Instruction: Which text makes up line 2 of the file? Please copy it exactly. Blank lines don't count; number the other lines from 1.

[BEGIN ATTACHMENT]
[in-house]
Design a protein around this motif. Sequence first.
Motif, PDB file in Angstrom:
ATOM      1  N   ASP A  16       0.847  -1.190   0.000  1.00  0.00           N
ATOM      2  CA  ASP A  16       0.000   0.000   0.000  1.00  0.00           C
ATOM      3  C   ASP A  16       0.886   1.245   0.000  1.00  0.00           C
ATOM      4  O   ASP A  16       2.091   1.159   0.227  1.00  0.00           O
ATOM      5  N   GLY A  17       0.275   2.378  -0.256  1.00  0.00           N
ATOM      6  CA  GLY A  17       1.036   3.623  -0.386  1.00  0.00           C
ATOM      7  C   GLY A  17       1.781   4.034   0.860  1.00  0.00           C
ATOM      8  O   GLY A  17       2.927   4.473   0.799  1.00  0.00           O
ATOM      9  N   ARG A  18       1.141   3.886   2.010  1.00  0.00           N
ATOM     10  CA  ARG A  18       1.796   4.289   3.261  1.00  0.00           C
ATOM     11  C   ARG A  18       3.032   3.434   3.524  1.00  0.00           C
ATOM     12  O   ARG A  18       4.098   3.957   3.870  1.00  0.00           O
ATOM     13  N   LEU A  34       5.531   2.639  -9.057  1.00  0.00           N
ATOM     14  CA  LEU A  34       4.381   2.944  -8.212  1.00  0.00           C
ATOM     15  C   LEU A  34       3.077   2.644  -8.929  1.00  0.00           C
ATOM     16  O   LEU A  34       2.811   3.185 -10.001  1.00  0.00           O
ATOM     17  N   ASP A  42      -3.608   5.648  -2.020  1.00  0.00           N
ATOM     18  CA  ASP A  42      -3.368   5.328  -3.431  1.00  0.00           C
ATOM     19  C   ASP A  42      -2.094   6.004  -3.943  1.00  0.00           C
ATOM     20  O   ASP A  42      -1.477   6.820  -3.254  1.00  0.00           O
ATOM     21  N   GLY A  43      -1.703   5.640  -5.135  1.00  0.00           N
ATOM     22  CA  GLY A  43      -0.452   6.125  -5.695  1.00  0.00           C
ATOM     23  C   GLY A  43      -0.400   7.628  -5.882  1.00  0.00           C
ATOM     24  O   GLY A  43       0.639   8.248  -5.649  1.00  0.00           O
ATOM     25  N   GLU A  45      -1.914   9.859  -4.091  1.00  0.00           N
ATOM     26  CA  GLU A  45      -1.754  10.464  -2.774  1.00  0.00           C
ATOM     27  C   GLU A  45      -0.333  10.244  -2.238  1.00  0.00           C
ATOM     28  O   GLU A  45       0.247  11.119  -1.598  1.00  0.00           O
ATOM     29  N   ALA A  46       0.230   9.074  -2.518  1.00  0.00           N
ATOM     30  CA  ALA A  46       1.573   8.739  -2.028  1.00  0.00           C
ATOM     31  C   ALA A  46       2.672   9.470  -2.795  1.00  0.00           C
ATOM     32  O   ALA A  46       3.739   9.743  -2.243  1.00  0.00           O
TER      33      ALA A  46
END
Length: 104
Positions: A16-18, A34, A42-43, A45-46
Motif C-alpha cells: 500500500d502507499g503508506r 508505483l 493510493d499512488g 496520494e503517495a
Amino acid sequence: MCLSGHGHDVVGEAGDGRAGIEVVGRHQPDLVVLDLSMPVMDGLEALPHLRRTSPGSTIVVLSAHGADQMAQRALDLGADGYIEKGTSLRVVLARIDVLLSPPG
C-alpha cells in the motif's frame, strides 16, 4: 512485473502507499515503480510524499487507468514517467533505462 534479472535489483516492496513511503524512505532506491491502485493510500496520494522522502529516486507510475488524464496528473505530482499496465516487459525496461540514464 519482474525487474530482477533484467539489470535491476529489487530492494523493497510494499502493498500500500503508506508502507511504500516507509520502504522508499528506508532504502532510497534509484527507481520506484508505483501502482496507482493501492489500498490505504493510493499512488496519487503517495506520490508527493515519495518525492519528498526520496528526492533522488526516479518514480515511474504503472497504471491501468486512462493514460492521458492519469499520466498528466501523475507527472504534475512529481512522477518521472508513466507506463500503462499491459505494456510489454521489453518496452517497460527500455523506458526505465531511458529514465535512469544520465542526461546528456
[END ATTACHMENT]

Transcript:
Design a protein around this motif. Sequence first.